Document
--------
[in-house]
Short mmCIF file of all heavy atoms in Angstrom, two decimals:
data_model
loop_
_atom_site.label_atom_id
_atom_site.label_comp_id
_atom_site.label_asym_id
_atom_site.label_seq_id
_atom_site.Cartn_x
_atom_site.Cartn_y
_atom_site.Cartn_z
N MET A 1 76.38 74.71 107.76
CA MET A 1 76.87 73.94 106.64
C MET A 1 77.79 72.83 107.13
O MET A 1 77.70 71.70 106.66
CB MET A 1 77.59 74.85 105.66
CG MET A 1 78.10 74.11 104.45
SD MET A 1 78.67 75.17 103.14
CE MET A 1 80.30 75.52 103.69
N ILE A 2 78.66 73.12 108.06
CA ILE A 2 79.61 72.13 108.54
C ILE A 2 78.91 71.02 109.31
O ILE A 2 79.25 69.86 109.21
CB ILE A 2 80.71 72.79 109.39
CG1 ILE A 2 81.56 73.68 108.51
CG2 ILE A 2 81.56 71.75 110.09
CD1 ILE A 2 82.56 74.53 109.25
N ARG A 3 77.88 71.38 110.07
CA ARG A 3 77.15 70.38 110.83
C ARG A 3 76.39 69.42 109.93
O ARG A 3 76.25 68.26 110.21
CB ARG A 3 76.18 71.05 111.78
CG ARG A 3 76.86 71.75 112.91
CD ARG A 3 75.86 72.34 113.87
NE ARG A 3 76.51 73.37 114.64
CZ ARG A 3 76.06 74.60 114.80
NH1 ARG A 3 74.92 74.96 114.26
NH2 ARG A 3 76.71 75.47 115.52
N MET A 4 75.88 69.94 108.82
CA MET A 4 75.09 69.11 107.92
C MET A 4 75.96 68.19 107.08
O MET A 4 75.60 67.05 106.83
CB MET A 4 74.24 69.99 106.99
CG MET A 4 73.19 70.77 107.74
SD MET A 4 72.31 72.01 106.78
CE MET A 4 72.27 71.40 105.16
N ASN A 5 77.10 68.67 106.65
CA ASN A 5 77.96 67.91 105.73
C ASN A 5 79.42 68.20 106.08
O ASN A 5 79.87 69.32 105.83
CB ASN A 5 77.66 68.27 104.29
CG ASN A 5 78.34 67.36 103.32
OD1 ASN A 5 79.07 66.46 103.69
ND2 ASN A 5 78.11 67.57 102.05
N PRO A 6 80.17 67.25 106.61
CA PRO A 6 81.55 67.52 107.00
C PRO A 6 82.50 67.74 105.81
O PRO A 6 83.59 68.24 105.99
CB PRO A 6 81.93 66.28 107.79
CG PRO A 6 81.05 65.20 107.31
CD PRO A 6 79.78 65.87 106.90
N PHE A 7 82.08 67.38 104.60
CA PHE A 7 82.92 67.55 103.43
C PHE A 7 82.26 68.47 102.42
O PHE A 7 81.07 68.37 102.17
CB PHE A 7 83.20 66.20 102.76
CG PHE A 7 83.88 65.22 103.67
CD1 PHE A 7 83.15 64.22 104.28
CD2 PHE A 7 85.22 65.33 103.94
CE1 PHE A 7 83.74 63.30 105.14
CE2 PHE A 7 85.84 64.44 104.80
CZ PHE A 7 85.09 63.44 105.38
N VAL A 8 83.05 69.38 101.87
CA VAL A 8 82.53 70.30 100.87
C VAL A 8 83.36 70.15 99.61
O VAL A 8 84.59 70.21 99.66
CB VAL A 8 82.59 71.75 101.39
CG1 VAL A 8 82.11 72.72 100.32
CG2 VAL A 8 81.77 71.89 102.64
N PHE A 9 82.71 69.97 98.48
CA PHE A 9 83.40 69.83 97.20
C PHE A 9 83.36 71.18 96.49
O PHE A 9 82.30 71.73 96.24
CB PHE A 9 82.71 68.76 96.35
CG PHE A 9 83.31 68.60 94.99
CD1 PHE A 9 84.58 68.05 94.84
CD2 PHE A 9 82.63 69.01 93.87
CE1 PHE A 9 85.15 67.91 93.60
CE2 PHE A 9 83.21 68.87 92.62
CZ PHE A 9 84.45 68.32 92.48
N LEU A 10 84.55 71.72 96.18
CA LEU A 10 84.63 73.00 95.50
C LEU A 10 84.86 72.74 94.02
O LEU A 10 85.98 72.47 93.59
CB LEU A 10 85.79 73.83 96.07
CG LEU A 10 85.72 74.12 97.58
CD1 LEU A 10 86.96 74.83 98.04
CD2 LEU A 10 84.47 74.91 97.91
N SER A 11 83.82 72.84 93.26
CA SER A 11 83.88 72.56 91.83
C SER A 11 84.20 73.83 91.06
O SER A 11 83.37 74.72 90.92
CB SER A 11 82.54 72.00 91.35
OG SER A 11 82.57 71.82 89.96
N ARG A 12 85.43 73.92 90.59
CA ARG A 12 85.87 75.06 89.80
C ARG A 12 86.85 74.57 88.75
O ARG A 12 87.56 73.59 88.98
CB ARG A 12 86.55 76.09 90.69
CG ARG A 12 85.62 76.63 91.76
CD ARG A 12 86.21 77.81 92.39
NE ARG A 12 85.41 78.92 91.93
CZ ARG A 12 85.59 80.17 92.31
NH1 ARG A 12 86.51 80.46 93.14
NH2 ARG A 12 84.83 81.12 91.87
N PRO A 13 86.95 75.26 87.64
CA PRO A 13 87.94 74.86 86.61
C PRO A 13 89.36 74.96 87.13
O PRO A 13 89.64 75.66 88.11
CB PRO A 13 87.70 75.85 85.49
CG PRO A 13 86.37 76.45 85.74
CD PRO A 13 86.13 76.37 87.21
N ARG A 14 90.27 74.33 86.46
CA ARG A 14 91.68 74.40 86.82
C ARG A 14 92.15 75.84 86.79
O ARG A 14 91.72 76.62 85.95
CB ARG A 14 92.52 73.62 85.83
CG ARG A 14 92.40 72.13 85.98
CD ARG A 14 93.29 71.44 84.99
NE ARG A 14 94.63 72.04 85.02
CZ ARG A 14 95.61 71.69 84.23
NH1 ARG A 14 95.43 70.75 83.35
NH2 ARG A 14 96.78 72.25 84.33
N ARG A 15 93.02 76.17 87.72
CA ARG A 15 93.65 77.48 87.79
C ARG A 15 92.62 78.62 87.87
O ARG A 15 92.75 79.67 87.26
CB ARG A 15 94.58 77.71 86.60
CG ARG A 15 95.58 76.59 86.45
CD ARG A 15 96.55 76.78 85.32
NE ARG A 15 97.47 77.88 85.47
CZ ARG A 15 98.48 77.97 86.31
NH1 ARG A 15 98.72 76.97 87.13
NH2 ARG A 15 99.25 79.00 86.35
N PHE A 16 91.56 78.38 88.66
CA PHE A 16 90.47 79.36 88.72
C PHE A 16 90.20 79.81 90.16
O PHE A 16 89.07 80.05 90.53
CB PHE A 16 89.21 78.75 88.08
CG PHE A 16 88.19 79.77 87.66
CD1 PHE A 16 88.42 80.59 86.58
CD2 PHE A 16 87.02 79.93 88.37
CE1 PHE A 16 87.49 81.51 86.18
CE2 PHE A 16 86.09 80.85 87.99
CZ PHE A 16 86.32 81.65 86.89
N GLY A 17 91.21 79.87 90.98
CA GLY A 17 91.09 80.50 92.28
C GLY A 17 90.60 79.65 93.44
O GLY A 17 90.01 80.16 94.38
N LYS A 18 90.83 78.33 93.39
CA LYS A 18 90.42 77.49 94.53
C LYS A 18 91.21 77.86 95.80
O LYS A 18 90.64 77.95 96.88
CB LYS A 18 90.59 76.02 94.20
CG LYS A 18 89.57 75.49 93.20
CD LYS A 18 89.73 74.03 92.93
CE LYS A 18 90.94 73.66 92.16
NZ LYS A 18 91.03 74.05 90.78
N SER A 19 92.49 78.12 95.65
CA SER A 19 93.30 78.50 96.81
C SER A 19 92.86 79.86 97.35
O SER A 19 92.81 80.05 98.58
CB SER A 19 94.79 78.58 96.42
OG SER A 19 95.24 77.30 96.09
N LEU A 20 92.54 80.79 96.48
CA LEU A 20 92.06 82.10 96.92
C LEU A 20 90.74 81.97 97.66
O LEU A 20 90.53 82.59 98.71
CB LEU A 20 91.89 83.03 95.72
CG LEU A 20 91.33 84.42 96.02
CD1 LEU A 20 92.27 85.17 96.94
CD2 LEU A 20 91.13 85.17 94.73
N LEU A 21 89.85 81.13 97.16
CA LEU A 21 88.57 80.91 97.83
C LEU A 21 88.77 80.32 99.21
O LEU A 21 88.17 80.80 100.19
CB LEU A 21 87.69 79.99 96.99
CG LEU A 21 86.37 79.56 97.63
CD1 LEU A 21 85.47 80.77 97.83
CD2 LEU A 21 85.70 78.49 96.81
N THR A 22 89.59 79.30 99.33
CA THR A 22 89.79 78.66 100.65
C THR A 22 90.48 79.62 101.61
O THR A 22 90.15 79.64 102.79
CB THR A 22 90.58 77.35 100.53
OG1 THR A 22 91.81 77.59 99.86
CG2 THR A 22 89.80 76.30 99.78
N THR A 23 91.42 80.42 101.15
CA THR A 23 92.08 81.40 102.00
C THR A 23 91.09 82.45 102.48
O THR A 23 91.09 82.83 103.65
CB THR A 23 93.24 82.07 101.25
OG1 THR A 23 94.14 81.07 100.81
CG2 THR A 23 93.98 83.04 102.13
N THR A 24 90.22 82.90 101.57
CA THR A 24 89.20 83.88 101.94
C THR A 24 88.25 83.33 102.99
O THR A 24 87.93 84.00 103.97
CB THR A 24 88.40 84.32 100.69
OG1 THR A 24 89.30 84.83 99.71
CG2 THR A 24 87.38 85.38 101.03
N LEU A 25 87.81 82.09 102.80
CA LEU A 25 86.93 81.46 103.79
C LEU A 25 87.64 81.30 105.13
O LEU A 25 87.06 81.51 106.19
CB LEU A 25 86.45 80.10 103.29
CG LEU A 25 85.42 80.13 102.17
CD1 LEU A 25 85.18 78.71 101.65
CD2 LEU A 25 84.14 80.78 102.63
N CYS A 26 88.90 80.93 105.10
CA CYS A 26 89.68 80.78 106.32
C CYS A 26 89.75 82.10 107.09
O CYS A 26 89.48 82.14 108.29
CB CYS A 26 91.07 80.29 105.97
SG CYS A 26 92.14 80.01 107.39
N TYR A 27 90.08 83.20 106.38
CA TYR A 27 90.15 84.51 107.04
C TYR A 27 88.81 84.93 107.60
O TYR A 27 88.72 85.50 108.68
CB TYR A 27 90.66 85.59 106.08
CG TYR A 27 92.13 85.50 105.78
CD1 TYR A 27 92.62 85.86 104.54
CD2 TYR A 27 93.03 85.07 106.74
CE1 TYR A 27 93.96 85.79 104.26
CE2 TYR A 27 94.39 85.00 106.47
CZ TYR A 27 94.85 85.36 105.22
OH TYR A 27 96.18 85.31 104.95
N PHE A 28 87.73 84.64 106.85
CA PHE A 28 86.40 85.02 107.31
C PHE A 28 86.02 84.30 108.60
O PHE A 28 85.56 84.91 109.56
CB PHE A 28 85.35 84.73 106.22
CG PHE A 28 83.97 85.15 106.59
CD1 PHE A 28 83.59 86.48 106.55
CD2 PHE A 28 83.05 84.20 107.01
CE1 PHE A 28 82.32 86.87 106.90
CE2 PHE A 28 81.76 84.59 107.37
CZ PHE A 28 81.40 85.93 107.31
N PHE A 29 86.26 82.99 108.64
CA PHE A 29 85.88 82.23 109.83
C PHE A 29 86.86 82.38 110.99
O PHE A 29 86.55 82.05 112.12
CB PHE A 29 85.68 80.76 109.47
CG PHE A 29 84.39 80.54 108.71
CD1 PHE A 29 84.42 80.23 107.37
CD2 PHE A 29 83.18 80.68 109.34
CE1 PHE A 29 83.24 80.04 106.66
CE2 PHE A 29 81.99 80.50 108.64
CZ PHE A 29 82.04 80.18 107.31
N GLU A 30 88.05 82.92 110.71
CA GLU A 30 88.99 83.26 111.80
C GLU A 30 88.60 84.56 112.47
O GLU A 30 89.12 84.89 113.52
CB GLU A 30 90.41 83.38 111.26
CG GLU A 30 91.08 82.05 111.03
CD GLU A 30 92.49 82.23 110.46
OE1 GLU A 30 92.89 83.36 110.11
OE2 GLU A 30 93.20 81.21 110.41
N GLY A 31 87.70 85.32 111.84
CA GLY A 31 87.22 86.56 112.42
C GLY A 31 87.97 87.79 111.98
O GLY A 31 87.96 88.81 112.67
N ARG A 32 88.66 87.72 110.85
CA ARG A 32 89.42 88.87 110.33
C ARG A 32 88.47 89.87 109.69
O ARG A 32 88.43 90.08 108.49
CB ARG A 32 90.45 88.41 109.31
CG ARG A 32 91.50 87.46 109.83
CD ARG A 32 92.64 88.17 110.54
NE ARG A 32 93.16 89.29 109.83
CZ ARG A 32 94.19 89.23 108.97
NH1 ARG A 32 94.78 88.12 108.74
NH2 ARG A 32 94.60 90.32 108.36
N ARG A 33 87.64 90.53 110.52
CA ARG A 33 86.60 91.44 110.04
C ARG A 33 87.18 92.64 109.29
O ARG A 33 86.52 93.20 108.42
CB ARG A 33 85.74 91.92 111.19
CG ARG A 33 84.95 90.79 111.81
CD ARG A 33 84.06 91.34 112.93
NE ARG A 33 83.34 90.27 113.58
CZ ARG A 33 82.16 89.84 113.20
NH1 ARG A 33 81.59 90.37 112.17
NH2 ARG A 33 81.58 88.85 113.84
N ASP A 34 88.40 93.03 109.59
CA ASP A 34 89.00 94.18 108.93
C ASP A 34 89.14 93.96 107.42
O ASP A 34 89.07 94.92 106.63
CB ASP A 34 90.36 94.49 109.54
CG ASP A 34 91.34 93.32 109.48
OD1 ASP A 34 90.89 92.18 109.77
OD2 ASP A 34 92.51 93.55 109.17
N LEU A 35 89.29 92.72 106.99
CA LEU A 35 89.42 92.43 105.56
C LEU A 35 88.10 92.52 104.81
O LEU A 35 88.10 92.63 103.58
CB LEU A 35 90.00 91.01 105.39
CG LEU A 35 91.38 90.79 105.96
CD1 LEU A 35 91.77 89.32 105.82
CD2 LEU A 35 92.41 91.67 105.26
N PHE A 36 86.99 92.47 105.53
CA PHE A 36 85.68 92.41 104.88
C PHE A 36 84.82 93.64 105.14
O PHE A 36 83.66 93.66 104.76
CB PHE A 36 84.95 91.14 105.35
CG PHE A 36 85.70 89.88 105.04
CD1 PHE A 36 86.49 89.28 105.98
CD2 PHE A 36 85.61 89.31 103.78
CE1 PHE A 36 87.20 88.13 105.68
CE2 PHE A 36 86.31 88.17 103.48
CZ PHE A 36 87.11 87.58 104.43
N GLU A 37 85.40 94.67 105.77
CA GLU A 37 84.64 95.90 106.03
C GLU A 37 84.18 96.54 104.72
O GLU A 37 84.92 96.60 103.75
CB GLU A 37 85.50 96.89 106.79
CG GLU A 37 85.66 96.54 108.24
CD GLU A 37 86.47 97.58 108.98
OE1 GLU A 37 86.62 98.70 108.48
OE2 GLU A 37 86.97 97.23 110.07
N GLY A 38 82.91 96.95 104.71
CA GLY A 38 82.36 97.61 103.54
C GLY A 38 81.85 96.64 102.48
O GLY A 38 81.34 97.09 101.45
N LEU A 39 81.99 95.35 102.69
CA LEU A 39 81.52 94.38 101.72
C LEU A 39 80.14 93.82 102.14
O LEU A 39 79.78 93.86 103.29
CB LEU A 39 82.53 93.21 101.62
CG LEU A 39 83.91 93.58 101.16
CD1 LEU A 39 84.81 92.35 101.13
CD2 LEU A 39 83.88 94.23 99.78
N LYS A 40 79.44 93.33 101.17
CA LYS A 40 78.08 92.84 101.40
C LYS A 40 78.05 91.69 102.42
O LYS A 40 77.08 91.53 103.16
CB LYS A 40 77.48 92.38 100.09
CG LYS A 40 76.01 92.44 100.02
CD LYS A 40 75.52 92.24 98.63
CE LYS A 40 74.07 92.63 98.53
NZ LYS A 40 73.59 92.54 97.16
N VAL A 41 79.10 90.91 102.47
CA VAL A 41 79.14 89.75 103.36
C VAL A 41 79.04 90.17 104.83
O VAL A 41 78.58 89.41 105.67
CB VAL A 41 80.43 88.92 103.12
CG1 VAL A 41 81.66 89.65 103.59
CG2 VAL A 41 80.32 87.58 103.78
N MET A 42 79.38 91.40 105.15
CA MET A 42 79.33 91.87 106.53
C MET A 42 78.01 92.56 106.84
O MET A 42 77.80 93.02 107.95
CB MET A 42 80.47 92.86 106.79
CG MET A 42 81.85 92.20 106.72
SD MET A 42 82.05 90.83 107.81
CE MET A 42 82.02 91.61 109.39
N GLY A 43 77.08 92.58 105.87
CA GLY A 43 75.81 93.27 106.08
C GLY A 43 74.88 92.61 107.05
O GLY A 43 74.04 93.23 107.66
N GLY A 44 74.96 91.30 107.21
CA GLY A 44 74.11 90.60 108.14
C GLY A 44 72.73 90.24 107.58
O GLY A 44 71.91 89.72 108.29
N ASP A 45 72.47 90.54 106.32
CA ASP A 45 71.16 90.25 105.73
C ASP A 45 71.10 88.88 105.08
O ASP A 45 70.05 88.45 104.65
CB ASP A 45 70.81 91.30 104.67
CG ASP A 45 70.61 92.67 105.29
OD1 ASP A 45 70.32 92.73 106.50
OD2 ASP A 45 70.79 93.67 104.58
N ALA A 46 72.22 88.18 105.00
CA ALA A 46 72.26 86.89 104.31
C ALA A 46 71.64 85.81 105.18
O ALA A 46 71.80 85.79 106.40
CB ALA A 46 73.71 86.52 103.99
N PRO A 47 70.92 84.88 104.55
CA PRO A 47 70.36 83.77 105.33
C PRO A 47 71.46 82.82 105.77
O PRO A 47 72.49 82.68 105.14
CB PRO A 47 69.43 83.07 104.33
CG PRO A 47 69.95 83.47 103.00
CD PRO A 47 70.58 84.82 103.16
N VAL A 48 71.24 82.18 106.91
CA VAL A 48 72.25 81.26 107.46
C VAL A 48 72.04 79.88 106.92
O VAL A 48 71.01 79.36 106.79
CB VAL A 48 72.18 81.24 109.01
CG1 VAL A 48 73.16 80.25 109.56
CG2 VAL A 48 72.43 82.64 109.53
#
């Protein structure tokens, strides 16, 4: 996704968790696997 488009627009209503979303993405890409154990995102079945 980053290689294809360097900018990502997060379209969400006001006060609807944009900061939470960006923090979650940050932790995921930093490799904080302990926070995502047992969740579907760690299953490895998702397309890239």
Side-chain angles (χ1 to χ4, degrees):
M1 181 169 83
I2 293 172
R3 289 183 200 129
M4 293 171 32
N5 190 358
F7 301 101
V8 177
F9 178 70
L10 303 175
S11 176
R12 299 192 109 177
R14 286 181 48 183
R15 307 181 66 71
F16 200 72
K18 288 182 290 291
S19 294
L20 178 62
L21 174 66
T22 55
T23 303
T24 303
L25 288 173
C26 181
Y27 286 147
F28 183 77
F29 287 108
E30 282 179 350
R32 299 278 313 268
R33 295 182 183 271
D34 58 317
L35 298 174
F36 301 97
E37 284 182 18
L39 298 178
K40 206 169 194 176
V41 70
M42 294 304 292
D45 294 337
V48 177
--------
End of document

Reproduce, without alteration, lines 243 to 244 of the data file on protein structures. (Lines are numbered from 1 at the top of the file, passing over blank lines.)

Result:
CG PHE A 28 83.97 85.15 106.59
CD1 PHE A 28 83.59 86.48 106.55